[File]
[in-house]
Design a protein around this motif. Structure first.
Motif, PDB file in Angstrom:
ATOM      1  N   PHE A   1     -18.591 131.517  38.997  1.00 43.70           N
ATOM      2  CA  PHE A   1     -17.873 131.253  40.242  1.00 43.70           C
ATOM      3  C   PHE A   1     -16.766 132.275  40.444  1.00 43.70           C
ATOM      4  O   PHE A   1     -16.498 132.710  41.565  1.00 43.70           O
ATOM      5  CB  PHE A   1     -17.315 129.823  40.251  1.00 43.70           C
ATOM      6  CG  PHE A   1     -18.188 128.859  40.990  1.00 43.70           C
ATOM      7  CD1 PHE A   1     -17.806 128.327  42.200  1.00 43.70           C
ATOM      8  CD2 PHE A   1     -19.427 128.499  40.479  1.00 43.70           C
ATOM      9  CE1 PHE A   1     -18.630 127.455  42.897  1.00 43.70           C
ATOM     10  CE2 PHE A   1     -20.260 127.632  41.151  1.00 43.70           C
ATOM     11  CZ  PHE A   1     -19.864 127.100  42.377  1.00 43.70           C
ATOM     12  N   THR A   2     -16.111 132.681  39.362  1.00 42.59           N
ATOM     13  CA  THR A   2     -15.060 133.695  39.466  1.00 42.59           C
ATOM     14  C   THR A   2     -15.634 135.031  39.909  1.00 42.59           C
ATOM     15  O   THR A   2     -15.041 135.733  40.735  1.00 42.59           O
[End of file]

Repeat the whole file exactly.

[in-house]
Design a protein around this motif. Structure first.
Motif, PDB file in Angstrom:
ATOM      1  N   PHE A   1     -18.591 131.517  38.997  1.00 43.70           N
ATOM      2  CA  PHE A   1     -17.873 131.253  40.242  1.00 43.70           C
ATOM      3  C   PHE A   1     -16.766 132.275  40.444  1.00 43.70           C
ATOM      4  O   PHE A   1     -16.498 132.710  41.565  1.00 43.70           O
ATOM      5  CB  PHE A   1     -17.315 129.823  40.251  1.00 43.70           C
ATOM      6  CG  PHE A   1     -18.188 128.859  40.990  1.00 43.70           C
ATOM      7  CD1 PHE A   1     -17.806 128.327  42.200  1.00 43.70           C
ATOM      8  CD2 PHE A   1     -19.427 128.499  40.479  1.00 43.70           C
ATOM      9  CE1 PHE A   1     -18.630 127.455  42.897  1.00 43.70           C
ATOM     10  CE2 PHE A   1     -20.260 127.632  41.151  1.00 43.70           C
ATOM     11  CZ  PHE A   1     -19.864 127.100  42.377  1.00 43.70           C
ATOM     12  N   THR A   2     -16.111 132.681  39.362  1.00 42.59           N
ATOM     13  CA  THR A   2     -15.060 133.695  39.466  1.00 42.59           C
ATOM     14  C   THR A   2     -15.634 135.031  39.909  1.00 42.59           C
ATOM     15  O   THR A   2     -15.041 135.733  40.735  1.00 42.59           O